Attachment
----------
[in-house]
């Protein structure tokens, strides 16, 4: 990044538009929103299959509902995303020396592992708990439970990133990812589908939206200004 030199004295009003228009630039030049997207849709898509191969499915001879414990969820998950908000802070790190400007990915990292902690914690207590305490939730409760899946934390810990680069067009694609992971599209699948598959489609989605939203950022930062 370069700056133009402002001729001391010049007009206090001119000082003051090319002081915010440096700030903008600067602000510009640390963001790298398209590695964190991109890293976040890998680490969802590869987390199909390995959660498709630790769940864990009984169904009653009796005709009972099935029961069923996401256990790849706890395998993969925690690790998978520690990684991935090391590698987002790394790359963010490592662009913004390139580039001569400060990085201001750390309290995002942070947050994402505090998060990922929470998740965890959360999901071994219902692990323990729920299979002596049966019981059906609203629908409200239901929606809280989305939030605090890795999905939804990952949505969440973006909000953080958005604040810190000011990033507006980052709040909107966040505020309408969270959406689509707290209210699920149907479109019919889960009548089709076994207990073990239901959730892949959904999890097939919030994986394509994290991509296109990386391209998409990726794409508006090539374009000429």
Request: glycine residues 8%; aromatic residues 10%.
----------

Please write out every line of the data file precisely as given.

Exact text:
[in-house]
């Protein structure tokens, strides 16, 4: 990044538009929103299959509902995303020396592992708990439970990133990812589908939206200004 030199004295009003228009630039030049997207849709898509191969499915001879414990969820998950908000802070790190400007990915990292902690914690207590305490939730409760899946934390810990680069067009694609992971599209699948598959489609989605939203950022930062 370069700056133009402002001729001391010049007009206090001119000082003051090319002081915010440096700030903008600067602000510009640390963001790298398209590695964190991109890293976040890998680490969802590869987390199909390995959660498709630790769940864990009984169904009653009796005709009972099935029961069923996401256990790849706890395998993969925690690790998978520690990684991935090391590698987002790394790359963010490592662009913004390139580039001569400060990085201001750390309290995002942070947050994402505090998060990922929470998740965890959360999901071994219902692990323990729920299979002596049966019981059906609203629908409200239901929606809280989305939030605090890795999905939804990952949505969440973006909000953080958005604040810190000011990033507006980052709040909107966040505020309408969270959406689509707290209210699920149907479109019919889960009548089709076994207990073990239901959730892949959904999890097939919030994986394509994290991509296109990386391209998409990726794409508006090539374009000429």
Request: glycine residues 8%; aromatic residues 10%.